A Lesson from Leroy's Mother
I had no expectations when I signed up to be an Uber driver in Knoxville, Tennessee. I’d just walked out on my corporate job up yonder at thirty years old, going through one of the crises that comes on when it’s time to take stock of where you’ve let life get. I didn’t have a wife or kids and hadn’t helped anyone but myself in longer than I care to admit. That was all back when I lived up yonder and owned a condo and spent on one dinner what my grandmother spends on one month’s worth of groceries. I’d gotten caught up in “first-world” problems, or “white boy” problems, or whatever politically incorrect qualifier you want to use to say that I’d quit appreciating my circumstances, started creating perceived chips on my shoulder to justify my own unhappiness with the above-average norm.
I’d lost touch with humanity, maybe even with reality, while I sat behind a desk in an office on a gated campus that requires a key card, a fitness center and a cafeteria that will grill you a steak on demand at my fingertips. And that’s the beauty of Uber, at least for me, that I can get to know folks again, folks I might not otherwise have collided with if I’d kept putting on a suit and clipping an ID badge to my waist, which was getting too big for my taste, what with all those sirloins on demand.
It’s the damnedest thing, this technology we’ve got. I see “Leroy” and “drive to pin” on one end, and Leroy sees my cheesy grin on the other. Modern day hitch-hiking, only you don’t get to size up the man thumbing a ride, much less know who all’s climbing in your car. Leroy had his mother with him, and Mother had a cane. She could hardly see over the dash.
“We’re headed to the credit union,” Leroy said from the backseat. “Then on to get something to eat, if that’s alright.” Leroy’s mother piped up: “I reckon this is the last time I’ll be gettin into town for a while. Surgery on Sunday. Doctor has to straighten out my intestines, found a blind loop of all things. Liquid diet startin soon, my last supper, I guess you’d say.”
I told Leroy’s mother that I sure hoped the surgery righted the pain.
“I’ve worked awful hard most of my life,” she said, “and it’s caught up to me.”
“Heavy liftin,” I said.
“Oldest of five—helpin Momma carry the little ones, movin furniture outside to sun. We’d help Granddaddy harvest tobacco and sack his potatoes—fifty-pound bags.”
“Tobacco farmin ain’t easy.”
“No, it ain’t, slingin them stalks up in the barn to cure. My hands would be black as coal when we’d tie it off into bundles.”
“Makes your lungs look the same,” I said and let out a nervous laugh, like you do when the truth of what you’ve said hits too hard.
“I’ve been smokin since I’s seventeen.”
“Hard to keep from it back then,” I said.
“You’d get a high from just walkin in the barn. It’d be December fore the leaves were dry—smelled awful good, though, like Christmas money.” She craned her neck and grinned.
Leroy’s mother wore thick glasses and so did Leroy. In fact, Leroy may as well have been his mother—dark-headed, eyes as round as an owl’s, with about as much of a neck, only Leroy didn’t have a hump in his back. I figured Leroy’s mother suffered from osteoporosis, like my grandmother, not enough calcium in their bones, common in women of their generation. My grandmother didn’t harvest tobacco, though. Her back-breaking was done in the sewing room of a hosiery mill, back when women didn’t leave the house without ’em.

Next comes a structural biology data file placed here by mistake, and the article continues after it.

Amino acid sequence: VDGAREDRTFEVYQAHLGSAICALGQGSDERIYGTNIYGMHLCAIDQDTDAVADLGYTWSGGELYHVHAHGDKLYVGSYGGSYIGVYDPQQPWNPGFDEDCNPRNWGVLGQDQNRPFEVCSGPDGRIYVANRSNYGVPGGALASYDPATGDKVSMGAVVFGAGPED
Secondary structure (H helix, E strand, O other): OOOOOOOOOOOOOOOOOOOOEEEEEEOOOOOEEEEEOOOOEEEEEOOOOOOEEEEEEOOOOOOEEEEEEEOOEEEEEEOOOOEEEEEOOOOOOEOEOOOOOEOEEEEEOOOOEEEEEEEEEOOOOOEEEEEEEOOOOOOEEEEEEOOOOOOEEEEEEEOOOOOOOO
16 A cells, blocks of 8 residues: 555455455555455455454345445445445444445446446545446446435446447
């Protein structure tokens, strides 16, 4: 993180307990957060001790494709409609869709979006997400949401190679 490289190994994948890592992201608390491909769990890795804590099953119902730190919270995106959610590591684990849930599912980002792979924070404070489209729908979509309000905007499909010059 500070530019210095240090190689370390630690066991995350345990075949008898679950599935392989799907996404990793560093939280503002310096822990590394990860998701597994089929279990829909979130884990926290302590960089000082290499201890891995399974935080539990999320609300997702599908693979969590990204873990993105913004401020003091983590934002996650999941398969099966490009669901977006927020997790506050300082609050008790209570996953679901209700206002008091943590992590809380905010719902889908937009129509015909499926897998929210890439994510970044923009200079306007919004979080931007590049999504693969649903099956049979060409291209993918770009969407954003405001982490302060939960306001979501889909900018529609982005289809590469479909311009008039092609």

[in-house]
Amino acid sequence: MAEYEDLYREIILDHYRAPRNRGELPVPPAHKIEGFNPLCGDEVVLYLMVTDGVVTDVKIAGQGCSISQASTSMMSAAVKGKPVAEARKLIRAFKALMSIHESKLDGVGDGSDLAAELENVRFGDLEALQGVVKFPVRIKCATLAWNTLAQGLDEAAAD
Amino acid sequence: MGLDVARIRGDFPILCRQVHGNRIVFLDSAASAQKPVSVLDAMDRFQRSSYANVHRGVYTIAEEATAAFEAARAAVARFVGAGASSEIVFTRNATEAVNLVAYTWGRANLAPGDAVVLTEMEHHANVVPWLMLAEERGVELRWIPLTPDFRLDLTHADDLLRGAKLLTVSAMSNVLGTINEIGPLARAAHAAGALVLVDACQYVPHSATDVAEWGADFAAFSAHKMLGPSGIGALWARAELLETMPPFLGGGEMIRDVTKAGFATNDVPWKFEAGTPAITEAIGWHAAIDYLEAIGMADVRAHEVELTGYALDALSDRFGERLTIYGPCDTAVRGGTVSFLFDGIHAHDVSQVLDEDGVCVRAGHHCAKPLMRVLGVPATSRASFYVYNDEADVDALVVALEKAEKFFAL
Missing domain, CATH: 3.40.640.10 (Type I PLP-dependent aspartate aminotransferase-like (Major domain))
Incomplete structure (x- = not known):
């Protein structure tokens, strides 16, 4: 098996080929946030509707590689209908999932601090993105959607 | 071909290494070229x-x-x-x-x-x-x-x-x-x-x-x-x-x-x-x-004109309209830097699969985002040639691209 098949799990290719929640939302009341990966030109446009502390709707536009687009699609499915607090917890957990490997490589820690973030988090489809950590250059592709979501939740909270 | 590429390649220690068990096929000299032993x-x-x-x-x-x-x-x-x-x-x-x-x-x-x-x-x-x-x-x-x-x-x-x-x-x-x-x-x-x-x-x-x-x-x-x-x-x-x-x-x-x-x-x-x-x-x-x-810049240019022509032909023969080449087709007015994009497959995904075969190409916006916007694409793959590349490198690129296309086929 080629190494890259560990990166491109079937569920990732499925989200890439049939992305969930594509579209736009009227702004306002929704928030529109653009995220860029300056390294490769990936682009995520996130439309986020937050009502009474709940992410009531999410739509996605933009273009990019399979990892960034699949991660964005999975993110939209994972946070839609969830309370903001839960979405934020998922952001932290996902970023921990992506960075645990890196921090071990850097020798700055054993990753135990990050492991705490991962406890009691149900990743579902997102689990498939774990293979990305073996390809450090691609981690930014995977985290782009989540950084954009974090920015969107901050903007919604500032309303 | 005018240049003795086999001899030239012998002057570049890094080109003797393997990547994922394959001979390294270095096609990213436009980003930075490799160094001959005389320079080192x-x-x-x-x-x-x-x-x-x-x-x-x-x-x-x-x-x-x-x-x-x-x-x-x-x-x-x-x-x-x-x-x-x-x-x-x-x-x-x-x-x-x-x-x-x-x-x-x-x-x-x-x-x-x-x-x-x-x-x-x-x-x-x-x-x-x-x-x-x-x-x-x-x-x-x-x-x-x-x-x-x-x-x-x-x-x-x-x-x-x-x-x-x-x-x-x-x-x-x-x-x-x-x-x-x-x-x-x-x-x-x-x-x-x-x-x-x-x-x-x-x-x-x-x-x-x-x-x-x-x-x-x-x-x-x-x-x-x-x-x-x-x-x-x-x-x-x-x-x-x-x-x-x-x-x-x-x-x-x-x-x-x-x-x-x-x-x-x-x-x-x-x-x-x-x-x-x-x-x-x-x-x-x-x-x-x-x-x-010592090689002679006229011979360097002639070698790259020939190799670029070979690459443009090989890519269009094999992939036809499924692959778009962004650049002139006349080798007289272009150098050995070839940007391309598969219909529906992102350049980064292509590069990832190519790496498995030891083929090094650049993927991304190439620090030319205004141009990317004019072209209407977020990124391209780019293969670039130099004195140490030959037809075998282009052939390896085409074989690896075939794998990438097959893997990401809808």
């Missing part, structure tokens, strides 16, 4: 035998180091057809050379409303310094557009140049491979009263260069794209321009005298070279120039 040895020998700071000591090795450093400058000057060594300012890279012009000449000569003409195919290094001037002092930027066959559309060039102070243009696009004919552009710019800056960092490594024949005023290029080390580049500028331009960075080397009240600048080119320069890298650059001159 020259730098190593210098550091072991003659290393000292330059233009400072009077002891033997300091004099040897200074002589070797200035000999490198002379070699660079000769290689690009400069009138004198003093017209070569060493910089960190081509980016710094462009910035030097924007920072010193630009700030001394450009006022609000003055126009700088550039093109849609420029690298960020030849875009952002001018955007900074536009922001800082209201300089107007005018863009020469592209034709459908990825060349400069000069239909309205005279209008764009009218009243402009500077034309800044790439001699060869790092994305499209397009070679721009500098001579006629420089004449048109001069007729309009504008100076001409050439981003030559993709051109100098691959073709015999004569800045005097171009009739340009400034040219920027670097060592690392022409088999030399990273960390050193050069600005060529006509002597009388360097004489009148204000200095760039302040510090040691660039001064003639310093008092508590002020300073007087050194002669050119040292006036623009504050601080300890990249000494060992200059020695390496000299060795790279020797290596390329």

We arrived at the local credit union, and Leroy asked if I’d pull up far enough so he could use the drive thru, the one where you stick your deposit in a capsule and it’s shot through a pipe over to the cashier at the window. I could tell Leroy was a tad younger than me, and I wondered if his attachment to his mother hadn’t held behind the times, considering every dollar I had or owed lived inside three pieces of plastic. I hadn’t given anyone money on paper since I’d paid my landlord in college, circa 2007.
“Sure do make cars boxy these days,” Leroy’s mother said of my Honda Civic. “They don’t make ’em like Chevelles anymore. My husband’s been dead eleven years—we used to love antique car shows, before Leroy came along.”
I told her that my father had me late in life, and that he always preferred a Buick or a Pontiac. “Smart—American-made,” she said.
My phone pinged. Leroy had entered the second destination: Austin’s Steakhouse and Homestyle Buffet. Leroy must’ve felt left out of the conversation, because he started going on about some new navigation app that alerts you to where police are sitting and traffic jams, rerouting you in real time. Leroy said that users could even put in suggested routes, letting folks know which way they think is faster, how to miss a stop light or two. Leroy’s mother and I listened, but we didn’t have much to offer, although I was a bit confused about Leroy’s interest in routes when he was the one calling me for a ride.
As we rolled in to the parking lot, I told Leroy’s mother that I’d be thinking of her. “Lord willin, I’ll be in my flower garden by July,” she said. I couldn’t help but glance at her cane and remember how she’d barely made it down her front steps. I nodded anyhow.
“You have a good one, sweetheart,” she said.
I idled at the front door and considered how genuine Leroy’s mother had been, how in a former life that would’ve pained me, for happiness to come so easy at the site of an all-you-can eat steakhouse. Nowadays, I figure “sweetheart” from Leroy’s mother ought to be enough to get me to tomorrow.